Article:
A discussion of other benefits would be addressed by asking the following question: who has the most to lose by overdose or misdiagnosis of medications? Obviously the answer is the patient. As a result, patients would increasingly have the incentive to become more educated about their own conditions instead of blindly following the advice of their overworked physicians. That would in turn shift the relationship between physician and patient from one of paternalism to one of partnership.
As importantly, with all of a patient’s drug history being found in one place, the ability of a drug abuser to go from one physician to another, tell a fabricated story and obtain larger quantities of drugs to abuse would be significantly reduced. Similarly, with the complete record to be found in one place, the pharmacists would be better able to identify possible risks of side effects, allergies and usage with combinations of other drugs, including alcohol. This would further enhance the medical safety and health of the patients.
Finally, since pharmacists would be treated like the healthcare professionals they are, if they fell below the standard of care for their profession, they would be held civilly liable for their negligence, just like any other healthcare professionals. Of course, this would encourage pharmacists who were uncertain about what medications the patient should take to recommend the patient to go see a specialist, and place that recommendation in the patient’s chart.
All of these various benefits we have discussed are becoming so apparent that the Food and Drug Administration is right now looking into this new approach. I invite you to join with me in encouraging them to proceed with their inquiry.
Overall, I acknowledge that this new program would still have the problem of drug manufacturers seeking lucrative marketing opportunities by providing favors for pharmacists in exchange for influencing them on their recommendations of medications. But that problem would not be worse than the one we already have today with physicians. Otherwise I believe this proposed system would go a long way to increase everyone’s access to competent healthcare and medications, while at the same time materially reducing their cost.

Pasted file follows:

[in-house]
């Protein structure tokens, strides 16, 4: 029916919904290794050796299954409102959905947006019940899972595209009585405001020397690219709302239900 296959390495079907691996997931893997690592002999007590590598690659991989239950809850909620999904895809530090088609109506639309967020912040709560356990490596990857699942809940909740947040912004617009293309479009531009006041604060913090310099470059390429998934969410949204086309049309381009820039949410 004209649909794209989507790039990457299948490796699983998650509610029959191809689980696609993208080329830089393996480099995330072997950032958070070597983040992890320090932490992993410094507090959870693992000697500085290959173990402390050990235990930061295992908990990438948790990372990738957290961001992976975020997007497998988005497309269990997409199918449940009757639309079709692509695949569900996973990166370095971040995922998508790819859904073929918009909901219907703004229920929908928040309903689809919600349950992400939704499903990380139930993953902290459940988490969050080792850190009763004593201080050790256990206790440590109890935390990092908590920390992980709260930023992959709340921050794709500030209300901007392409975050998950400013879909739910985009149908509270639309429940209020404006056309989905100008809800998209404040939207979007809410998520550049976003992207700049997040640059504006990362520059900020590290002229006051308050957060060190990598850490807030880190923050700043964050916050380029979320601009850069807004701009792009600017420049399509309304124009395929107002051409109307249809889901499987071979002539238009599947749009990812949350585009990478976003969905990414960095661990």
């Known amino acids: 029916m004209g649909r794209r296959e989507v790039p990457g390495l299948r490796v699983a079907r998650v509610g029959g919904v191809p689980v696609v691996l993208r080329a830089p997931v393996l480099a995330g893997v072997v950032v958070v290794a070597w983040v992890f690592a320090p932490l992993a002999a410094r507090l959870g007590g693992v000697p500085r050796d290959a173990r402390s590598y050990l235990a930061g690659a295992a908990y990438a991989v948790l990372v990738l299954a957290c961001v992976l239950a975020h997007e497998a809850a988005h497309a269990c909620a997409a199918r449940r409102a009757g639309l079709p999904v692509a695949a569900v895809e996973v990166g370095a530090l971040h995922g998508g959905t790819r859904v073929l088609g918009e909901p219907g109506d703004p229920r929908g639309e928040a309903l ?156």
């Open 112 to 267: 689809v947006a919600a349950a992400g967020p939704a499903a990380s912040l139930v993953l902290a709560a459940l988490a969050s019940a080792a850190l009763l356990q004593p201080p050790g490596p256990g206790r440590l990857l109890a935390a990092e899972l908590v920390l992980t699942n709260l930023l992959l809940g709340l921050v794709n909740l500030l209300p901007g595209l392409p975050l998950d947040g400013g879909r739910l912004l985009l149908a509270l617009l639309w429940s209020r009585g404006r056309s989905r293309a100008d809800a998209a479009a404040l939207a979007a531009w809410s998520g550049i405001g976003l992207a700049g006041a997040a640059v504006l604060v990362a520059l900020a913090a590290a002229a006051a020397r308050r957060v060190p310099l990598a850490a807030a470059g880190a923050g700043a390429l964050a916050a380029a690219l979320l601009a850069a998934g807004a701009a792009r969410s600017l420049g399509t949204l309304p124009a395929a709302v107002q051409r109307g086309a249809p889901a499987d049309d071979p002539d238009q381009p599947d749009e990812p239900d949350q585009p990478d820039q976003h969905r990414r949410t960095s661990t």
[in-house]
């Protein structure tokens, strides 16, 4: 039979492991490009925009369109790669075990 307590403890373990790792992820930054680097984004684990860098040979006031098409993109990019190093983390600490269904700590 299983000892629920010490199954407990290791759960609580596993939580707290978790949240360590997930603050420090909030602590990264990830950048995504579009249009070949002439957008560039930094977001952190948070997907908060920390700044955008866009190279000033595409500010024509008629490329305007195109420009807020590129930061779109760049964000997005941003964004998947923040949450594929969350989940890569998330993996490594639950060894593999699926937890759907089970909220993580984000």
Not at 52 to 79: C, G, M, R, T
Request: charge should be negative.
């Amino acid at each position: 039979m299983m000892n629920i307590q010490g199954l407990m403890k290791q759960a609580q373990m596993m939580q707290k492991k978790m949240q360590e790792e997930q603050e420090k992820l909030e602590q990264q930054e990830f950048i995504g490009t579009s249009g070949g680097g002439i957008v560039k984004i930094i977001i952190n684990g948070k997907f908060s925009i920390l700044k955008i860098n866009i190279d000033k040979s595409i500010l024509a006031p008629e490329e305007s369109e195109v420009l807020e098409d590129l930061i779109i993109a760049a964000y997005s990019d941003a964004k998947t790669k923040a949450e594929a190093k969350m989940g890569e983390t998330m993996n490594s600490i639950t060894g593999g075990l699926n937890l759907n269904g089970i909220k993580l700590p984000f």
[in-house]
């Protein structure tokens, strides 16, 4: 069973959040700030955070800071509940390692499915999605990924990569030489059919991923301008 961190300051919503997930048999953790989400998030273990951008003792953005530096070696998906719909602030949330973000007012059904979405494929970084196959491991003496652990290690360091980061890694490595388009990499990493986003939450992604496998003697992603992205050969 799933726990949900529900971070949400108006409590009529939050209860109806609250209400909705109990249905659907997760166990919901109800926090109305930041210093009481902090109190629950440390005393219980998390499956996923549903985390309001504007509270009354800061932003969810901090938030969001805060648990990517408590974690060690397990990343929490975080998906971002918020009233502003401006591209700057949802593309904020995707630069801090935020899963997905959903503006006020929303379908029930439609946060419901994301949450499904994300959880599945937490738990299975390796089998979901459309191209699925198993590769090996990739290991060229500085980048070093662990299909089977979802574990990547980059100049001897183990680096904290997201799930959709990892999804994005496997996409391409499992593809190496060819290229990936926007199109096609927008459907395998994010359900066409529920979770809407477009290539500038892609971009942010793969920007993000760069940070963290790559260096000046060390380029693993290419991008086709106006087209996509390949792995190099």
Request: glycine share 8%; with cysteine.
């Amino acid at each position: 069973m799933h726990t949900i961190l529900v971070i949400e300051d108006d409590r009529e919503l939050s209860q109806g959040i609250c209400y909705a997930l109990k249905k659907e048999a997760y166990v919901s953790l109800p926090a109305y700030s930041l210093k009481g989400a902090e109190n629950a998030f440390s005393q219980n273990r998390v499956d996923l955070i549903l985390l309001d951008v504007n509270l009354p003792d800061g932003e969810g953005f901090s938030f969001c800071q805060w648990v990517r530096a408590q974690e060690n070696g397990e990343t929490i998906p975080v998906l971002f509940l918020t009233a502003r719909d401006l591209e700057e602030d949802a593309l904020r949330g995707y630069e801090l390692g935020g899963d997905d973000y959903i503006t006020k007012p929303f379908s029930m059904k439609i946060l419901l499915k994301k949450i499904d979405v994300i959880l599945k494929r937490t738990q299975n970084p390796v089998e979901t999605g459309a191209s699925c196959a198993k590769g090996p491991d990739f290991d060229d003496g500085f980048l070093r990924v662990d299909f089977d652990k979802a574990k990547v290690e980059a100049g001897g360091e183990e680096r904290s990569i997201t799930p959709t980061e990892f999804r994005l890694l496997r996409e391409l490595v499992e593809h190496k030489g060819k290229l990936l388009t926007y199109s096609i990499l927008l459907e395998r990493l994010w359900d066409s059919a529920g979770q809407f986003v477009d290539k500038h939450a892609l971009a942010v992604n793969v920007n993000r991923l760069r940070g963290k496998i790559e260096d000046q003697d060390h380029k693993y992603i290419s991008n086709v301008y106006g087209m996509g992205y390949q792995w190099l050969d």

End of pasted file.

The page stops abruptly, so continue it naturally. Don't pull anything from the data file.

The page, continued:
And by the way, this change in approach would also have the beneficial effect of encouraging people in general to be more active and responsible in matters affecting their own health and that of their children. In my view this movement toward individual responsibility would justify the change all by itself.
IT’S A GRAY AREA (15)
THE REALITIES OF TERRORISM
What are the goals of Terrorists? This is, of course, a complicated question. But in my view terrorists have essentially three goals, which are:
1) To break down the Rule of Law into tyranny – usually as controlled by an absolutism as espoused by a particular form of radical religious or political doctrine;
2) To have this absolutism take control of governments; and
3) To stifle free dissent against and even discussion about the views and tenets of this absolutist doctrine.
What are the Methods of Terrorists? In my view, terrorists generally employ three methods to accomplish their goals:
1) They employ fear as a tactic by using random violence against government institutions and civilians;
2) They act so as to cause the concern of the general population for Security to be elevated above the concern for Freedom; and
3) They attempt to polarize the opponents of the absolutist doctrine into camps that are hostile to and intolerant of each other.
Who are the Enablers of Terrorists?
1) Those who deprive others of the protections of the Rule of Law for reasons of “security” or fear;